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Legal Apprentices from an Employer’s view

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The legal recruitment market has been forced to take on massive changes in the era of Jackson and fixed costs for Litigation Solicitors generally and for personal injury practitioners in particular.  

Profit margins have been squeezed as never before and in many cases firms who have not planned in advance for these massive changes have had to close or merge with others who have. 

Writing as a partner and manager in a litigation centred practice I know only too well the demands which have been thrust upon us almost all at once. 

I have realised that quality employees in times of massive changes like these are a crucial ingredient in the key to not only survival but also prospering.  

A huge strain is lifted if the right staff are in situ helping you through these times. But you may be asking yourself doesn’t quality translate into “expense” and doesn’t expense translate into even “bigger overheads”? 

The answer is an emphatic NO – not necessarily. 

The Governments new Legal Apprenticeship scheme allows a firm to take on quality, bright and keen young people who would rather get on to the legal job ladder as soon as possible, proceed to an academic qualification either as a qualified Legal Apprentice or as a stepping stone into the Chartered Legal Executive qualification (CILEx). 

The massive, ever increasing cost of a university degree and the even greater cost of Law School for those embarking on Solicitors qualifications are now turning people off the traditional route. This is understandable to some degree. After Law School there are far more applications for training contracts than places available and often prospective trainees, totally overburdened with debt are forced to take paralegal positions indefinitely at a much reduced wage even compared with trainee wages.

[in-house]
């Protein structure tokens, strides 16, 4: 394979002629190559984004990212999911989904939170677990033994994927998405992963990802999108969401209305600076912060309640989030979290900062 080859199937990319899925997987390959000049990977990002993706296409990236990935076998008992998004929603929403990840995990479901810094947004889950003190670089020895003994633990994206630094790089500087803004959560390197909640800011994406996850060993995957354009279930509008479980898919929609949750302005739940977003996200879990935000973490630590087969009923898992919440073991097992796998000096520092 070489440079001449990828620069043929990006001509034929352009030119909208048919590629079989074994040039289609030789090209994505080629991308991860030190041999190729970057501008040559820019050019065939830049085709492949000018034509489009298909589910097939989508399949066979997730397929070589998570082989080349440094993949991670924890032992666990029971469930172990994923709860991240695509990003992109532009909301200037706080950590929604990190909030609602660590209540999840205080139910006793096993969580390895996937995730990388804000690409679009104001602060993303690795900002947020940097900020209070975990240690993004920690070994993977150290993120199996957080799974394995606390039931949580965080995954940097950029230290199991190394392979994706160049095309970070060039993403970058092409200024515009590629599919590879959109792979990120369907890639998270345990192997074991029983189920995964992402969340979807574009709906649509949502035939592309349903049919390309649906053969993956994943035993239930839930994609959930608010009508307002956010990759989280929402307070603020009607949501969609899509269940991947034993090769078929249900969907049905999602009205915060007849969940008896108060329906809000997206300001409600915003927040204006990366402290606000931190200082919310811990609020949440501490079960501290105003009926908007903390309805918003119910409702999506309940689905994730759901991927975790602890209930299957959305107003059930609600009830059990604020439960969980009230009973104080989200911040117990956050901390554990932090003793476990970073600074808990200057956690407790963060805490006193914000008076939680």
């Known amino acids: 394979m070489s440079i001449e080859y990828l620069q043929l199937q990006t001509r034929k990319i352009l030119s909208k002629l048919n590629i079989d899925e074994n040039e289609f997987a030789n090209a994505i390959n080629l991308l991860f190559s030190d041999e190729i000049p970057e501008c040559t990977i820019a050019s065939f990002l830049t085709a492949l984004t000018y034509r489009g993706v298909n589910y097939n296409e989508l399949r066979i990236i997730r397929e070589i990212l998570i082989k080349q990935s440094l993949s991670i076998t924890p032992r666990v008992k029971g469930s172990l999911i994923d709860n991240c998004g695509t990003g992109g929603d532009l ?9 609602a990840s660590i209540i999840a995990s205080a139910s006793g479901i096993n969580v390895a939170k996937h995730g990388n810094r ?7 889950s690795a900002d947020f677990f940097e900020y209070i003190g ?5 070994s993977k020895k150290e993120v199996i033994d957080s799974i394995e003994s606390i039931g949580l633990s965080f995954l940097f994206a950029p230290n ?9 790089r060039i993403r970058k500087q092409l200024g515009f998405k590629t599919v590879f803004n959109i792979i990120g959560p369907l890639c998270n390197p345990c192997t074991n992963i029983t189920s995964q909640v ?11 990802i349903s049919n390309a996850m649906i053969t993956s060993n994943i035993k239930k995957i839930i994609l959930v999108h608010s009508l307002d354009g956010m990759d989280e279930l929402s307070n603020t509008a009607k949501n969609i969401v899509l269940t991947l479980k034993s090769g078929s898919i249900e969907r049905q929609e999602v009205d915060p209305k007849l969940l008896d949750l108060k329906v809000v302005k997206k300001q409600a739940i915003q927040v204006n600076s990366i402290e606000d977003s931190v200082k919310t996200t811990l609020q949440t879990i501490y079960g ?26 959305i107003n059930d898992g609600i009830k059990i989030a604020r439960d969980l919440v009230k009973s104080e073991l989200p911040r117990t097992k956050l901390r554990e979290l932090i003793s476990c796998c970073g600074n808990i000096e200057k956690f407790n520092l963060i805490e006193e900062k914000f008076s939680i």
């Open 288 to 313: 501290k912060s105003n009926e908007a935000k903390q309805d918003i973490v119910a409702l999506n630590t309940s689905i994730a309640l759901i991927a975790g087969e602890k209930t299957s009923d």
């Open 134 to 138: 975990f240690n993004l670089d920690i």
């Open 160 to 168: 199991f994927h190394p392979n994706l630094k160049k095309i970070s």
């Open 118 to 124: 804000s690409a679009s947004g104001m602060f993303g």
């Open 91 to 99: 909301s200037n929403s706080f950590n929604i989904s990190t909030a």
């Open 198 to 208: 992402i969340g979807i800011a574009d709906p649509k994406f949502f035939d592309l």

I am testimony to this being only too aware of the volume of applications we get from such prospective trainees. 

Consider the alternative – a living wage straight after school, an opportunity to progress up the ladder in the firm and at the very least obtain a “foot in the door”.

At the same time, an academic course offering a considerable degree of flexibility with a qualification which I have no doubt will be increasingly more recognised by employers. 

As a medium sized Employer in the personal injury litigation industry in The North West of England who have been in practice for more than 25 years, we have always traditionally backed any employee who wishes to further their legal career. We have a number of staff who have been with us for many years who are perfect testimony to this policy and we have benefited as have our staff who have moved up the ladder within the firm. 

The fact that help is at last being provided in the form of Government subsidy can only be good news. 

Certainly the greater opportunities now available to and afforded to Chartered Legal Executives in terms of rights of audience etc are another massive incentive.

Traditionally perhaps thought of as the “poor cousin” to solicitors, Legal Executives are no longer being regarded in this category - Watch out solicitors (and I am one of them)! 

As for Employers and speaking as one myself, the advantages are significant. Lower overhead cost particularly with The Government’s subsiding costs of study for under 19s are an obvious one. I am far from being a fan of this government but out of everything they have done this it seems to me stands out as their only good policy I can recall certainly in the context of our profession, (possibly too in the context of everything else they have done). 

But it is more than just money. The candidates we have received when vacancies have arisen have been excellent – often A grade students who are keen, bright and hungry and have made the conscious decision to embark on an alternative career path to degree and law school. 

As an Employer I am increasingly finding that it is the quality of the employee, their attitude to the job in hand and personality that is more important more often than whether they have particular letters after their name anyway. 

As Employers in the Lawyer market now I believe we need to show flexibility and good commercial judgement when looking at recruitment. The legal world has changed and will continue to change at an even more dramatic pace and we all have to be ready for this and adapt quickly. The Legal Apprentice could be an answer to a lot of our problems. 

Jan Canter is a partner at KLS Law ( in Warrington and currently has 2 apprentices on program for the Advanced Apprenticeship in Legal Services with The Law Academy & Damar Training. 



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